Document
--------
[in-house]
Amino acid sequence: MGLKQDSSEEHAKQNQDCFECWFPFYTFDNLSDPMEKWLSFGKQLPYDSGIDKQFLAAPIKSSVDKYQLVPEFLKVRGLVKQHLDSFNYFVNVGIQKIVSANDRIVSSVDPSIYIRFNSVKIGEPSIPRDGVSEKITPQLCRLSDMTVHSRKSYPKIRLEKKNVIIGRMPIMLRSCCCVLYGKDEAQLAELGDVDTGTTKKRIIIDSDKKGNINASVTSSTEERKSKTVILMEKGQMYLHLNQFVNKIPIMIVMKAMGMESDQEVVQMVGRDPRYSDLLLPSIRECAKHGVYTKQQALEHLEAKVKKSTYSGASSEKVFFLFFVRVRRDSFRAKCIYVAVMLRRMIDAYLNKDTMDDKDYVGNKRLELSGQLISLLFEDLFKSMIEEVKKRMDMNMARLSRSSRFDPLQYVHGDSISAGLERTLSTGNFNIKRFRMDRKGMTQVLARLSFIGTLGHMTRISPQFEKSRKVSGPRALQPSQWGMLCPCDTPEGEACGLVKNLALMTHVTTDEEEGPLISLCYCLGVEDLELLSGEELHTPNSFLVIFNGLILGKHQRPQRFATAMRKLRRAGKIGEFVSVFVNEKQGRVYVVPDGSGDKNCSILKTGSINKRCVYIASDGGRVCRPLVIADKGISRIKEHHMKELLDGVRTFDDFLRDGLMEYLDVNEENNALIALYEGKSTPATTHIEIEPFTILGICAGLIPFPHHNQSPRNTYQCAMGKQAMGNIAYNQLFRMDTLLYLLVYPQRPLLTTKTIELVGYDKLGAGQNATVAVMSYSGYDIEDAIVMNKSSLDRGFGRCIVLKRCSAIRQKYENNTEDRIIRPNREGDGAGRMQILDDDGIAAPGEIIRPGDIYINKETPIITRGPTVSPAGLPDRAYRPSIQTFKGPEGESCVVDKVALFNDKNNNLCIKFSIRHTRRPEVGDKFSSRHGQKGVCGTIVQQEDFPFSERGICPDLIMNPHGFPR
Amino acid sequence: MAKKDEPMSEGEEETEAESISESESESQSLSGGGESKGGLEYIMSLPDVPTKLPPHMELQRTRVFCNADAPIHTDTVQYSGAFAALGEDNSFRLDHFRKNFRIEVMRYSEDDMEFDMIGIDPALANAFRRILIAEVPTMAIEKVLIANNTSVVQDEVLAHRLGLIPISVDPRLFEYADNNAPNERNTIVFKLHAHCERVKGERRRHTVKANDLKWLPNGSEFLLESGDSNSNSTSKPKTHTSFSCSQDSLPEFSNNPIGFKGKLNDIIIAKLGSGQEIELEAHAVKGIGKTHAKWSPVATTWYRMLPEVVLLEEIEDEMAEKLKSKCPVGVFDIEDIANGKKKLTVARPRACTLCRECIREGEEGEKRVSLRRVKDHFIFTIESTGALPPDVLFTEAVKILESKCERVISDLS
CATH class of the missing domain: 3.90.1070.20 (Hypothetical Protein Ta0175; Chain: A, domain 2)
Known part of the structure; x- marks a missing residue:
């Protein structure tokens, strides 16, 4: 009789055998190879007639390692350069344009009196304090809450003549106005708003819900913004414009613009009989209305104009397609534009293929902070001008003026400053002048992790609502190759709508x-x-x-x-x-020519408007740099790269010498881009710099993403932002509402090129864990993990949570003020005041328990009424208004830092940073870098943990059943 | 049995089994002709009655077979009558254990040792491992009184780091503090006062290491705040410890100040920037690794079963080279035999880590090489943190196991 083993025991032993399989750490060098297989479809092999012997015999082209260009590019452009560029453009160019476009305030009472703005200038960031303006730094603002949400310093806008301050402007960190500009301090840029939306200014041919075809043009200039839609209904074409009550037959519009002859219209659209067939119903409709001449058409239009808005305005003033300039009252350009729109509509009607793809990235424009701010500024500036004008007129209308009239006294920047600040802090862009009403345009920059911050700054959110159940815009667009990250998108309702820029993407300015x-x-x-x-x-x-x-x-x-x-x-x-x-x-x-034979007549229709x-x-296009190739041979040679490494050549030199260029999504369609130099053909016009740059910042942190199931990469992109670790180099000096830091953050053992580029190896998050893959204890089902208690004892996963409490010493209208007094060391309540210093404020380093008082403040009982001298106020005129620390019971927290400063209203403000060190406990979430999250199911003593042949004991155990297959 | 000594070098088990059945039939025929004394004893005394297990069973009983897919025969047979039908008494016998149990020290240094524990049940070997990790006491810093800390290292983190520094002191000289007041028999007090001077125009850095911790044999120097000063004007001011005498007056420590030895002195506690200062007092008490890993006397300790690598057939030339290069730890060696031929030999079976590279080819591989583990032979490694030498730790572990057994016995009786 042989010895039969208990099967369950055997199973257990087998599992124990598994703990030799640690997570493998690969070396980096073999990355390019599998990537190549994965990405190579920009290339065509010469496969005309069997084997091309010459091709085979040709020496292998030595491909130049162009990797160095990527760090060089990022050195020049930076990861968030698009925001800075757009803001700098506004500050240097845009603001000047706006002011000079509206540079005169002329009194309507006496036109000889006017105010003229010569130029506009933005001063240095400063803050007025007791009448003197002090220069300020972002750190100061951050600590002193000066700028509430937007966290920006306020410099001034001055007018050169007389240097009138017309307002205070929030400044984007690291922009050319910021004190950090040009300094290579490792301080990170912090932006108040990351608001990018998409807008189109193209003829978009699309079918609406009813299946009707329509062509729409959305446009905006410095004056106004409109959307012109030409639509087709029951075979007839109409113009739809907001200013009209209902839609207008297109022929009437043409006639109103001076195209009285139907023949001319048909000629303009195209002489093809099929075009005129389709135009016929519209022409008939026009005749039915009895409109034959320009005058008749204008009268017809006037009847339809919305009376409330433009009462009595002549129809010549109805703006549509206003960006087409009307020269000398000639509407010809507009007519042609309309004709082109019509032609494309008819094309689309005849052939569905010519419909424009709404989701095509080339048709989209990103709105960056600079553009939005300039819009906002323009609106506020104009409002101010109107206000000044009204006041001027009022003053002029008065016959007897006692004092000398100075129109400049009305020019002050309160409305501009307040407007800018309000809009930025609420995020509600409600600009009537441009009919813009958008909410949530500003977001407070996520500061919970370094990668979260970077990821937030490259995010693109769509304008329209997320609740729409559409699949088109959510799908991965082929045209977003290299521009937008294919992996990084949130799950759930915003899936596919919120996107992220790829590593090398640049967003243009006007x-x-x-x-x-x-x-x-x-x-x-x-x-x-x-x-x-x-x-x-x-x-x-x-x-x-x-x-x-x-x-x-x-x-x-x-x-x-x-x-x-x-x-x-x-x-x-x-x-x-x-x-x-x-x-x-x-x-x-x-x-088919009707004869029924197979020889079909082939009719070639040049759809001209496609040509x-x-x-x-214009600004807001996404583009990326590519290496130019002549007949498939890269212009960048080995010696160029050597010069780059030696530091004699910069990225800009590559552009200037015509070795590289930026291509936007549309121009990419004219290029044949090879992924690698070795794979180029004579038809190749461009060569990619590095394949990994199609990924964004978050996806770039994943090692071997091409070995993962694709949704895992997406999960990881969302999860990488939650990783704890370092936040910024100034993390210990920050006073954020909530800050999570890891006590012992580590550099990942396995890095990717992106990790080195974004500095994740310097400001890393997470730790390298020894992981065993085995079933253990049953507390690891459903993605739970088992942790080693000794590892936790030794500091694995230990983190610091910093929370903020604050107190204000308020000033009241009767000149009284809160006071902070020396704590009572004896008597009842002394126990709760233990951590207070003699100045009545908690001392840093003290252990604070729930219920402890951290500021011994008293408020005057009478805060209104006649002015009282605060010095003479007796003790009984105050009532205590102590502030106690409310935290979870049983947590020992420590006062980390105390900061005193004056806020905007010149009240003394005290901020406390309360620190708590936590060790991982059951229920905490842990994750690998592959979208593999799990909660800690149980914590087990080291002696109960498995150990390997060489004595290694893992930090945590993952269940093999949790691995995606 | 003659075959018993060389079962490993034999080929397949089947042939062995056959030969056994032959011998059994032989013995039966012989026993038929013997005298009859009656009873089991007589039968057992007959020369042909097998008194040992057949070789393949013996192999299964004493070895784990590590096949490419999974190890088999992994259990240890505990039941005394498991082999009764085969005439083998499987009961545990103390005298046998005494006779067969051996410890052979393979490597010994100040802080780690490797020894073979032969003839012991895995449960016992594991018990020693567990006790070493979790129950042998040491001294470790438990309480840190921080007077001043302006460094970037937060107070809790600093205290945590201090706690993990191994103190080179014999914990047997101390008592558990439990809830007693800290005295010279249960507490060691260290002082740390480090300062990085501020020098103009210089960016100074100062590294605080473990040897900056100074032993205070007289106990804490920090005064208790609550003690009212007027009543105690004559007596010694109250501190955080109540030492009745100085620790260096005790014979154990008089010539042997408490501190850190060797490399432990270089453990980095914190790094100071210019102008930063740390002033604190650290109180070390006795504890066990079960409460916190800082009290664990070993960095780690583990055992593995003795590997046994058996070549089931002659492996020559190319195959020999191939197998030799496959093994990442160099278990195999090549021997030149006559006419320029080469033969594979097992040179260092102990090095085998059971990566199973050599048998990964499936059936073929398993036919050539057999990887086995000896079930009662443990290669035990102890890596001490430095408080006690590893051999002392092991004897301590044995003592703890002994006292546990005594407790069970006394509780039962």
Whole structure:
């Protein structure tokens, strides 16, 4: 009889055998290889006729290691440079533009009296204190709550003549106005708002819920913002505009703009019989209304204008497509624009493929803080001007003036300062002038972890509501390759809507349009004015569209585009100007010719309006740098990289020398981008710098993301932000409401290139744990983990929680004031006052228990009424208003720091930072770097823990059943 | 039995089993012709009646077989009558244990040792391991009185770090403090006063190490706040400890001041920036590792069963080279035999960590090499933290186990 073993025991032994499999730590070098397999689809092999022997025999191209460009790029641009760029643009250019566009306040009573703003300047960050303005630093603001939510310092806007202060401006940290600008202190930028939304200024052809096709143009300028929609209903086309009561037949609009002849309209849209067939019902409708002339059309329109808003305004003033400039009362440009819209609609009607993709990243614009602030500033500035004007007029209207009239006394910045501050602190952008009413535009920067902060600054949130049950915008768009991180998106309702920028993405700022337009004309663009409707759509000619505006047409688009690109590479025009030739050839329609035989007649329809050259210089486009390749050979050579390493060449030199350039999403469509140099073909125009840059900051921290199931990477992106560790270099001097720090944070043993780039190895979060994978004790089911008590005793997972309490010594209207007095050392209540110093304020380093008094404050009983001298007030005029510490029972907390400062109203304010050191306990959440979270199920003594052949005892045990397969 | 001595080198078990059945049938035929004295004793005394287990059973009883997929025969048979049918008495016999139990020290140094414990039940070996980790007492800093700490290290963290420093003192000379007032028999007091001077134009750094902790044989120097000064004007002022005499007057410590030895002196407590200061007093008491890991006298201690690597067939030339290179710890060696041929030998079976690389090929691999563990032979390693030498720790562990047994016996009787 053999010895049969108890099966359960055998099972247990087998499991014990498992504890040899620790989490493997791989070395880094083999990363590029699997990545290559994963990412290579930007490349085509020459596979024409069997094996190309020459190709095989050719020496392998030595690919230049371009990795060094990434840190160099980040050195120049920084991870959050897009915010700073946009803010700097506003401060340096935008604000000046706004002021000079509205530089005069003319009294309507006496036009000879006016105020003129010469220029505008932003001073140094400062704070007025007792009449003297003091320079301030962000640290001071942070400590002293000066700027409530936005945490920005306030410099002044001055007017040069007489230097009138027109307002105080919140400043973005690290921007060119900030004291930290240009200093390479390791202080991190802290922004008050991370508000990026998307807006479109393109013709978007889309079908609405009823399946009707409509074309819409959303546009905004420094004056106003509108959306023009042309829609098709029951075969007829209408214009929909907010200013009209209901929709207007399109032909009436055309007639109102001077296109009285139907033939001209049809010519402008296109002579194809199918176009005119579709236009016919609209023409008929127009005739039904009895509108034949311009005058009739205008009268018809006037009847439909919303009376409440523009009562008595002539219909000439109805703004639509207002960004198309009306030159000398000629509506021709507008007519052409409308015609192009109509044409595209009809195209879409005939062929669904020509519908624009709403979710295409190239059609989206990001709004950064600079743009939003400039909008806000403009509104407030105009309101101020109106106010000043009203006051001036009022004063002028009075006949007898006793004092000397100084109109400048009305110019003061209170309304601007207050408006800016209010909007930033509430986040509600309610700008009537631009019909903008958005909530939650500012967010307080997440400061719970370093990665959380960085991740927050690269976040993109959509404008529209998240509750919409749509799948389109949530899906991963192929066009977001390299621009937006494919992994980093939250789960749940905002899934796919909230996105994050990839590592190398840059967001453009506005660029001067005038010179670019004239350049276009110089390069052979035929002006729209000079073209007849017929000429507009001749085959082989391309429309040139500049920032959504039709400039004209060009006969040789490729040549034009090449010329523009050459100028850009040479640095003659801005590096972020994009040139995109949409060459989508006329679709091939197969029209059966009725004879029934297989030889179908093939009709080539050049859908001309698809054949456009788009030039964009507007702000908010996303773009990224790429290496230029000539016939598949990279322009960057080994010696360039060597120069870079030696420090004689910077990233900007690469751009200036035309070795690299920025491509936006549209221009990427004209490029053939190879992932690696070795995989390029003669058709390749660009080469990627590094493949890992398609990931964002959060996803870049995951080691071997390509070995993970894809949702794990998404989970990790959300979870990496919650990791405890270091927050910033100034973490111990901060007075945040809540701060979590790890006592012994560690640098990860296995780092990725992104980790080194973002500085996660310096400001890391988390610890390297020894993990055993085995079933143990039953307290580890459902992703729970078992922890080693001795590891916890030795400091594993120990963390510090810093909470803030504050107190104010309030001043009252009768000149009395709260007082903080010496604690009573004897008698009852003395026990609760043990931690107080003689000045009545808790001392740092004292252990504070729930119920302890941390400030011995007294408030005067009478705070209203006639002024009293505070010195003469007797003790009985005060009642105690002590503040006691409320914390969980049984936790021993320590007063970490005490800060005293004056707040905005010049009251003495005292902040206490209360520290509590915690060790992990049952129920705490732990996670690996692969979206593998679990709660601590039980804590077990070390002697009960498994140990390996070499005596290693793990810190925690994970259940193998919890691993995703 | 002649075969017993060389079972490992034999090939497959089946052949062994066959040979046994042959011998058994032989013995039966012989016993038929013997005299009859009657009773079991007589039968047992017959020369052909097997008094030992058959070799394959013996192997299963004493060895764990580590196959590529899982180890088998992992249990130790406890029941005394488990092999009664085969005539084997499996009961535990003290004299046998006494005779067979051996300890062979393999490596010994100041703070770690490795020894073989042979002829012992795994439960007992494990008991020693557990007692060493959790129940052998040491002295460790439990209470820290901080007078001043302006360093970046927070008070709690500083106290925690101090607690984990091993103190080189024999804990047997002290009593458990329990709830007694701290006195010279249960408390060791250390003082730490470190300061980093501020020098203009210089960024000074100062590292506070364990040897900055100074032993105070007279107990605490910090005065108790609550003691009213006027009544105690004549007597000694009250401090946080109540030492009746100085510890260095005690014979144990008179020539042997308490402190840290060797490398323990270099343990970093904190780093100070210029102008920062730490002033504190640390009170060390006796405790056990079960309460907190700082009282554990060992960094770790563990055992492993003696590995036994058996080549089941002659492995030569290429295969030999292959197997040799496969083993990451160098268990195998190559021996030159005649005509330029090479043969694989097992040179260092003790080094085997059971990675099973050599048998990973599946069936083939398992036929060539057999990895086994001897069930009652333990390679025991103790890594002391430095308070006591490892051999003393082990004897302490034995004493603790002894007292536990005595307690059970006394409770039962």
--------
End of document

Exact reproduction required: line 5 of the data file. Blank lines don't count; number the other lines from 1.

Known part of the structure; x- marks a missing residue: